Did you know you can boost your metabolism by eating a high fiber diet?
We heard many people blame their weight gain on a slow meta-bolism, but is it really true? Can a healthy fiber diet boost your meta bolism? When it comes to losing weight, metabolism is one of the most common words discussed by fitness and nutrition pros. Unfortunately, it is not surprising that there’s a lot of misinformation about how meta-bolism can hinder or help weight loss.
What is Metabolism?
Basic metabolism is a chemical process of converting the food you eat into energy. During this process, the calories in beverages and food are combined with oxygen to create the fuel your body needs. Even when at rest, your body still needs energy for all “hidden processes” such as digestion, blood circulation, breathing, growing, repairing cells, and regulating hormones.
The amount of calories your body needs to perform these basic functions is called the “basal metabolic rate,” which is what we call commonly “metabolism.”
Anabolism vs. Catabolism
Meta-bolism has two components or phases – catabolism and anabolism.
Throughout the day, the body experiences anabolic or catabolic states. Anabolism is the process that promotes the building of tissues and organs as well as the repair of damaged tissues. Catabolism is the degradative reaction that breaks down tissues and molecules.
Both processes are needed to keep a healthy body. In the catabolic state, the body breaks down large molecules from muscle tissues to release energy. In the anabolic state, the body utilizes energy to repair muscle tissues, grow new cells, and maintain healthy tissues.
Without anabolism, we wouldn’t recover from a strenuous workout, repair and regenerate muscle tissues. Without catabolism, we won’t have the energy to perform our daily activities. Both processes are essential, but what makes the difference is the duration of each of these metabolic states.
Top 3 Common Metabolism Myths
We generally want to improve metabolism. However, finding a reliable approach is not that simple. I will unravel the common metabolism myths to unveil what the research says about how to boost it.
Myth #1: Your resting metabolic rate is not affected by diet
False. A recent study published in the American Journal of Clinical Nutrition revealed that consuming more fiber-rich foods can help increase weight loss and boost resting metabolic rate (RMR).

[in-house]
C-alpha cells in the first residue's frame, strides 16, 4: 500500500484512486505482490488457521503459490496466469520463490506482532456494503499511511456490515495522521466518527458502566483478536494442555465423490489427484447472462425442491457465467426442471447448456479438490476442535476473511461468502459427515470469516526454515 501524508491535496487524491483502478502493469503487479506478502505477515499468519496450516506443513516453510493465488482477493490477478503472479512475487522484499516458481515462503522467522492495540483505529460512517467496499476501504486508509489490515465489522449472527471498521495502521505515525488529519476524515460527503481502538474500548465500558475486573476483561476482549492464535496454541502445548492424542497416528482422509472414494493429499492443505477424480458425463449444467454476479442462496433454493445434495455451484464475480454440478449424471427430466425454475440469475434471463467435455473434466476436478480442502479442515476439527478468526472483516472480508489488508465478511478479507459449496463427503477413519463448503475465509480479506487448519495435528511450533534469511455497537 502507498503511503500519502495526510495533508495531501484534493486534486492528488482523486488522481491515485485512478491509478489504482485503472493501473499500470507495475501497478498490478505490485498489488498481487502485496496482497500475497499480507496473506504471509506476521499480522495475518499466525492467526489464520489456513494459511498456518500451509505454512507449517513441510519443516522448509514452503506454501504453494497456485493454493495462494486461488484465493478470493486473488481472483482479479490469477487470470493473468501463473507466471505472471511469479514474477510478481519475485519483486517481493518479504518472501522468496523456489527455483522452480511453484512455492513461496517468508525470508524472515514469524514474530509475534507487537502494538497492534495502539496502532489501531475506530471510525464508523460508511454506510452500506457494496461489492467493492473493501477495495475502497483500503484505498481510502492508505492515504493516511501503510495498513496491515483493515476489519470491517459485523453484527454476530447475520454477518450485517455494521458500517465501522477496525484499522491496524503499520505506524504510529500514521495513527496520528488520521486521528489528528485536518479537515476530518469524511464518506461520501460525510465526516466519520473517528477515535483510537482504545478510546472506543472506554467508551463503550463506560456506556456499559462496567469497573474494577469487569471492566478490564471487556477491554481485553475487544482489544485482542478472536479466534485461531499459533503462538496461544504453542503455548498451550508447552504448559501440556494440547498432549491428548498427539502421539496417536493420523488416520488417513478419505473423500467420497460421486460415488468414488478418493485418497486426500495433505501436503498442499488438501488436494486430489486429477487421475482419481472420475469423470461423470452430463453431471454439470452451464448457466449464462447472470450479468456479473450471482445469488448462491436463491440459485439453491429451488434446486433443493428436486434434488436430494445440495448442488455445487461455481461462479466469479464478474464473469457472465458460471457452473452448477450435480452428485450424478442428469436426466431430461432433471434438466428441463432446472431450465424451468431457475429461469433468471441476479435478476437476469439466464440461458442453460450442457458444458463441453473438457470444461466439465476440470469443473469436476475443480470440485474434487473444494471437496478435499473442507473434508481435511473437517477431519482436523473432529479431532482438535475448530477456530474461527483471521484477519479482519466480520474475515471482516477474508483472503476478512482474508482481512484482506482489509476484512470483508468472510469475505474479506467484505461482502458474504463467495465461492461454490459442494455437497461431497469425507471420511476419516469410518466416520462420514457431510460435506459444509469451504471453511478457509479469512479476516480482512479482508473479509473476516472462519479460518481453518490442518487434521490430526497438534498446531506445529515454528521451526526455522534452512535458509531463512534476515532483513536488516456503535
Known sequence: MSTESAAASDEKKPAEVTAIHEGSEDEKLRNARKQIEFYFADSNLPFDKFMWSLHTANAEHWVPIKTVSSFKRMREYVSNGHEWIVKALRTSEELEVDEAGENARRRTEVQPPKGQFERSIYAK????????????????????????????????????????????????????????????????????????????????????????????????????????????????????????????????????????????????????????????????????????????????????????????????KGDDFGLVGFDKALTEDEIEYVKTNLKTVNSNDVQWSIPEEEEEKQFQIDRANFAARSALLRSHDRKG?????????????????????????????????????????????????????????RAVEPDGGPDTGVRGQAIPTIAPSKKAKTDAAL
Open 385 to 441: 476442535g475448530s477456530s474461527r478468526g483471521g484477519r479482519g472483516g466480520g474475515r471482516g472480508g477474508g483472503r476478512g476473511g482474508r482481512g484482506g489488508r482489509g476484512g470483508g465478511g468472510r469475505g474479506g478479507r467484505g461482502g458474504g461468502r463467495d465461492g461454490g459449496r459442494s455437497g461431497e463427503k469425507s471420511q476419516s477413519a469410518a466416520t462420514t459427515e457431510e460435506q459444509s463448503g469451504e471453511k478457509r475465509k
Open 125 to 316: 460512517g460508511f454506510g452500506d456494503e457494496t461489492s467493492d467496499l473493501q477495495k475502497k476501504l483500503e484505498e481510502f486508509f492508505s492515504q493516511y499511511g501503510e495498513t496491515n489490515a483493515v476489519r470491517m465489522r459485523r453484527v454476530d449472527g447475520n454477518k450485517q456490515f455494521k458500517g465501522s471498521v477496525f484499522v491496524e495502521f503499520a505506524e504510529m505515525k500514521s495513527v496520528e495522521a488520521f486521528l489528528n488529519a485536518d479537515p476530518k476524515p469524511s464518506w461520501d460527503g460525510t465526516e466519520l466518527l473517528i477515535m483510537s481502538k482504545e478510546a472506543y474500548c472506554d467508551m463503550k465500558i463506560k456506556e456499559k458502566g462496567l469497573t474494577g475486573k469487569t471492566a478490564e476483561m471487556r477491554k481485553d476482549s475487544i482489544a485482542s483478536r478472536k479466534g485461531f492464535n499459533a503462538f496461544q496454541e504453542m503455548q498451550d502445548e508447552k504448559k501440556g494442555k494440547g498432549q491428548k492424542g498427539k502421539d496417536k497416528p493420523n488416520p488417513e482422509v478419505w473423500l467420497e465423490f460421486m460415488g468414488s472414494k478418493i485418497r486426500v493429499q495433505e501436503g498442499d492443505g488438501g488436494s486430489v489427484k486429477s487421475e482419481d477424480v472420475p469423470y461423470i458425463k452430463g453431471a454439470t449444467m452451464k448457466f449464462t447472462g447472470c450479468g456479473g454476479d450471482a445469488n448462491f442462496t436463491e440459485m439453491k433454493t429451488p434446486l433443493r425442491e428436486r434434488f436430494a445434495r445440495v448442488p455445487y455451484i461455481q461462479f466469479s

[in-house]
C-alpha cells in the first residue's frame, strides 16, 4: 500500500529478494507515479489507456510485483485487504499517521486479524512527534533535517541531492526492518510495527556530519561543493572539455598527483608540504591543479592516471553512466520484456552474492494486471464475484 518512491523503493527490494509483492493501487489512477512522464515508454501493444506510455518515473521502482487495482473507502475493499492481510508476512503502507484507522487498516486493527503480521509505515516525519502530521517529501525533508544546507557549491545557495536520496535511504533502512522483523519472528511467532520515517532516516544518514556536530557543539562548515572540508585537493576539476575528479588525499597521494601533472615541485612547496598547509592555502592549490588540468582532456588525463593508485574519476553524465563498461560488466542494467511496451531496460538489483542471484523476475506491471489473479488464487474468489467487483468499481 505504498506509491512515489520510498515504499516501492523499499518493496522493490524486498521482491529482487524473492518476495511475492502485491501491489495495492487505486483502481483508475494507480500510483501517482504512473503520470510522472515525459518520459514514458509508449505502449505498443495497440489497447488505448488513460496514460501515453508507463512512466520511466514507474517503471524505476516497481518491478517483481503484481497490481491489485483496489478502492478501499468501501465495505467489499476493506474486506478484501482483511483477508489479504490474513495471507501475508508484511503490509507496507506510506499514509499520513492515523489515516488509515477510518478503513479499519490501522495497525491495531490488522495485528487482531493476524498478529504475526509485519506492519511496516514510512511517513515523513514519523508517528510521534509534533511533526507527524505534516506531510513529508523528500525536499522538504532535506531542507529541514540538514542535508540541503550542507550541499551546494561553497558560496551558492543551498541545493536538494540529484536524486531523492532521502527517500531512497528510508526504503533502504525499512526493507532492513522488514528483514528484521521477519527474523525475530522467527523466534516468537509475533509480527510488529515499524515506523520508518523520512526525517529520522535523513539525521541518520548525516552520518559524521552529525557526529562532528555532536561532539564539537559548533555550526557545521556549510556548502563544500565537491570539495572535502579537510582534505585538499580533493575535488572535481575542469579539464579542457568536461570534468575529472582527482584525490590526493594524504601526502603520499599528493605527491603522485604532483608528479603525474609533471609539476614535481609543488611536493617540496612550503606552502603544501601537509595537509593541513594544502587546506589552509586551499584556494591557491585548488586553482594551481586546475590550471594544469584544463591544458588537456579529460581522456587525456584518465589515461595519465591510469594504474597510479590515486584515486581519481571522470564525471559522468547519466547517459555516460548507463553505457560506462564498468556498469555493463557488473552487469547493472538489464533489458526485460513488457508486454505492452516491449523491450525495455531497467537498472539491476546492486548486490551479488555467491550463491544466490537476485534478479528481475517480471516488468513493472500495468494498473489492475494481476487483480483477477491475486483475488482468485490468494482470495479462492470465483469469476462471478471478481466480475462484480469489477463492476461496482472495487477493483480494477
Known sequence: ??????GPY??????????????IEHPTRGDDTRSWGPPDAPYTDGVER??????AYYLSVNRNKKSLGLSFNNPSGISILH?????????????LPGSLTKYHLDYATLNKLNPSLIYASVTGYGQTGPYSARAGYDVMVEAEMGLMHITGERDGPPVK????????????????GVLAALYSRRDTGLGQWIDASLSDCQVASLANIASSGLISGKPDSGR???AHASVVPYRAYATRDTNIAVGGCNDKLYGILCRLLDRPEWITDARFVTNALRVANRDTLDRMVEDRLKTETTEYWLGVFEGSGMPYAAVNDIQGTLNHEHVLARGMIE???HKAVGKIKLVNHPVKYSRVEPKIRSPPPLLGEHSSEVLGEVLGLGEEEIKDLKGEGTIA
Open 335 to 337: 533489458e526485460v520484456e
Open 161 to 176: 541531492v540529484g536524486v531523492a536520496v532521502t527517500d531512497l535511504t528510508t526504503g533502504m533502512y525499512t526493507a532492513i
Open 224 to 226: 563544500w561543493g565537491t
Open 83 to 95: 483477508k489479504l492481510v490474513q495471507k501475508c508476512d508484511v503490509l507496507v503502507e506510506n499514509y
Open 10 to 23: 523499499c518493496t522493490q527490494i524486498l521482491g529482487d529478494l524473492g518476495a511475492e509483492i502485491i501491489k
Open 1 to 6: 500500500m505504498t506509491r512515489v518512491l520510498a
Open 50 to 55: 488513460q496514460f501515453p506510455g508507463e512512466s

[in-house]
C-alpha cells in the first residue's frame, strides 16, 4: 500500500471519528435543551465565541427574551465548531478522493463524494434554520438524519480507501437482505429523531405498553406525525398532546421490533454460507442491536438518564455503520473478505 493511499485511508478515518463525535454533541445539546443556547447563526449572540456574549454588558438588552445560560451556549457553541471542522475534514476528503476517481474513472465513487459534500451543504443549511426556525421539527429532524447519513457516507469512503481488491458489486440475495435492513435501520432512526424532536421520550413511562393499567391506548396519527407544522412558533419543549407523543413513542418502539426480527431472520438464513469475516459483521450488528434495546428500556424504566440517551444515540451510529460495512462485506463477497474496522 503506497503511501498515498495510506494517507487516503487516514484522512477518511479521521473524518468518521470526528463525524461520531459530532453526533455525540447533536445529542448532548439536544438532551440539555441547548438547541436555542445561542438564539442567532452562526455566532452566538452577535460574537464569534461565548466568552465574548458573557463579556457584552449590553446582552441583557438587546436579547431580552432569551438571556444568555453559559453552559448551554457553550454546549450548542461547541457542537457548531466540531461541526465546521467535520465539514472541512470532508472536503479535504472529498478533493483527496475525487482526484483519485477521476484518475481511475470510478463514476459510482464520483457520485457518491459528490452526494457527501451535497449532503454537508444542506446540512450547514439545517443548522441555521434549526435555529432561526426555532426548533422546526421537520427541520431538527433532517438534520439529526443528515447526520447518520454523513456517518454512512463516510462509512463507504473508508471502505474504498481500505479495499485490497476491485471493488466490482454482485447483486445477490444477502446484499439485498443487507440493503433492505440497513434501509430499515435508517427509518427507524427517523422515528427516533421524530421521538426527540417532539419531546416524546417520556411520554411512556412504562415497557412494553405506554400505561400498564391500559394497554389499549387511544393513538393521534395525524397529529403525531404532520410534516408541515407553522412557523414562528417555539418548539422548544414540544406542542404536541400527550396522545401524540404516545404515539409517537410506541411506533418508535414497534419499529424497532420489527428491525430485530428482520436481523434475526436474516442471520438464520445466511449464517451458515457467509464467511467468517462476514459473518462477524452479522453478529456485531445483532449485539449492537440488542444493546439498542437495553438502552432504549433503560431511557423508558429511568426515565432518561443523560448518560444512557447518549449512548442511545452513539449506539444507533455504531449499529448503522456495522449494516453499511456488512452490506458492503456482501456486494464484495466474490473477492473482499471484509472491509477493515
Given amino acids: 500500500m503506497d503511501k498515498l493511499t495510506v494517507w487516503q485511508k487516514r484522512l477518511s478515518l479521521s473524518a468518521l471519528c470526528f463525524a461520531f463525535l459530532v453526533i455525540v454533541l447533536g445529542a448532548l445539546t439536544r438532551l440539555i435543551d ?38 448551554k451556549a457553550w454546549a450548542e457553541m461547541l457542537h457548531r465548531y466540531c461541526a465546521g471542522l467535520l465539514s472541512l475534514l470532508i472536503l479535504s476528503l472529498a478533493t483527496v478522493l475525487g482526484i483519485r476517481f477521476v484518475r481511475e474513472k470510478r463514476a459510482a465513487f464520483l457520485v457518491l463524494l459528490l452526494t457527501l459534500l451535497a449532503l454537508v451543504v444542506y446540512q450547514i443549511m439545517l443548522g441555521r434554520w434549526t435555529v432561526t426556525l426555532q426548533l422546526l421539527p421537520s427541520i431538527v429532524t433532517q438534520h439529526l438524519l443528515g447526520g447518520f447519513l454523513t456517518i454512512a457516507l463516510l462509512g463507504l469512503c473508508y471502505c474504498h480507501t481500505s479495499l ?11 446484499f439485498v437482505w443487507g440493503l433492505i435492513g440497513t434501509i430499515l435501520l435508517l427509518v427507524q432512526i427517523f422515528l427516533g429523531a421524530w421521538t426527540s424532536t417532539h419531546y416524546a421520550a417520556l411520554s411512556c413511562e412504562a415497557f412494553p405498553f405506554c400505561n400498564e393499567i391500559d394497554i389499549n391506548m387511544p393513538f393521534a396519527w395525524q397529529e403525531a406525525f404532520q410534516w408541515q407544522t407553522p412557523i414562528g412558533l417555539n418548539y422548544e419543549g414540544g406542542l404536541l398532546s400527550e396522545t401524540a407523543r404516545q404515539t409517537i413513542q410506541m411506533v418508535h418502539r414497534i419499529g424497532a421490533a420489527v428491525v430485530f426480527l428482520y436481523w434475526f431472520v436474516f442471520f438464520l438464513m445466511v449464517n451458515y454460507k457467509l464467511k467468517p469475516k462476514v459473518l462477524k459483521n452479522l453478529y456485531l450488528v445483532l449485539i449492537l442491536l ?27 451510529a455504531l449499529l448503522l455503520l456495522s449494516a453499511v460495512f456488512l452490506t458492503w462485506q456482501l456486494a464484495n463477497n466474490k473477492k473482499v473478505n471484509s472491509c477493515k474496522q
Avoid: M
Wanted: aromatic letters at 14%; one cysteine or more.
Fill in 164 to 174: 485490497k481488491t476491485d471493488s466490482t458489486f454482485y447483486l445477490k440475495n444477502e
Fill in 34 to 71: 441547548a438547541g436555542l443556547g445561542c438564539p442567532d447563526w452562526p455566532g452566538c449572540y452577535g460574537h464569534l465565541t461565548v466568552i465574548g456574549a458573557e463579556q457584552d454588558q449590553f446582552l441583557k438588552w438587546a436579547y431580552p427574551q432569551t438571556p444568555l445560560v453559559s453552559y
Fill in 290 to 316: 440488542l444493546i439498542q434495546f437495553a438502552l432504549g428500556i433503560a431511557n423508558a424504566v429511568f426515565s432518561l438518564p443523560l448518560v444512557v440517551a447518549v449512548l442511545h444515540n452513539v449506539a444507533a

The study participants included 81 men and women who were given a whole food diet rich in fiber for six weeks. All drinks and food were given during the study. Participants had their stool and blood tested as well as their resting metabolic rate. At the end of the study, the high fiber group was found to pass more stools and had a higher RMR.
Since dietary fiber can’t be digested and absorbed, it takes longer to break down than other foods and requiring more calories to be burned. Fiber also binds with bile in the small intestine, blocking the absorption of excess cholesterol. Examples of high-fiber foods include flaxseed, chia seed, oats, and a leafy green vegetables.
Myth #2: Your metabolism is either fast or slow and does not change
You have probably heard this. Metabolism is like our fingerprint – it is unique for each individual. Whether metabolism is slow or fast is determined by basal metabolic rate or the number of calories a person burns while at rest. In essence, metabolism is genetic. A person with slow BMR burns fewer calories in a resting state while one with a fast BMR burns more calories even at rest.
While the body is resting, both muscle and fats burn the calories. For each pound of muscles, it burns 35 calories per day each pound of fat you burn fewer calories. If you have a slow metabolism, one way to boost your basal metabolic rate is to increase muscle density, which will help the body burn more calories.
Resistance training is an excellent way to increase your resting metabolic rate and reduce fat body fat. So even if you are “born with a slow metabolism”, you do not have to live with it.
Myth #3: Exercise only increases metabolism temporarily – while you are exercising
Have you been told this? The major part of your resting metabolism is utilized by your vital organs – the brain, liver, heart, etc. However, the biggest factor that affects your metabolism which you can control is the ratio of your lean muscle mass to body fat. Muscle burns more calories than fat since muscle requires more energy to function properly. If you have more fat, your meta-bolism will always be slower.
In order to build more lean muscle, you need to strength-train and eat properly. Exercise, particularly strength workouts, can increase your metabolism by breaking down and rebuilding muscle tissue. This process burns extra calories for up to 24 to 48 hours after every workout. When you exercise, the body actually uses calories after your workouts to cool down, recover, and normalize hormonal changes. This is called the “afterburn effect,” or medically termed as “excess post-exercise oxygen consumption.”
Struggling to lose excess weight? It could be because you have been thinking about meta bolism all wrong. Now that you know the truth behind these metabolism myths, you’ll be able to reprogram your approach to boost your metabolism and eat the right foods to get your body back on track.
References: Karl JP, Meydani M, Barnett JB, et al. (February 2017). Switching to wholegrains may boost metabolism. Retrieved from https://www.ncbi.nlm.nih.gov/pubmedhealth/behindtheheadlines/news/2017-02-09-switching-to-wholegrains-may-boost-metabolism/  Westcott WL. (July 2012). Resistance training is medicine: effects of strength training on health. Retrieved from https://www.ncbi.nlm.nih.gov/pubmed/22777332  Dr. Axe. The Afterburn Effect: How to Burn More Fat After You Exercise. Retrieved from https://draxe.com/afterburn-effect/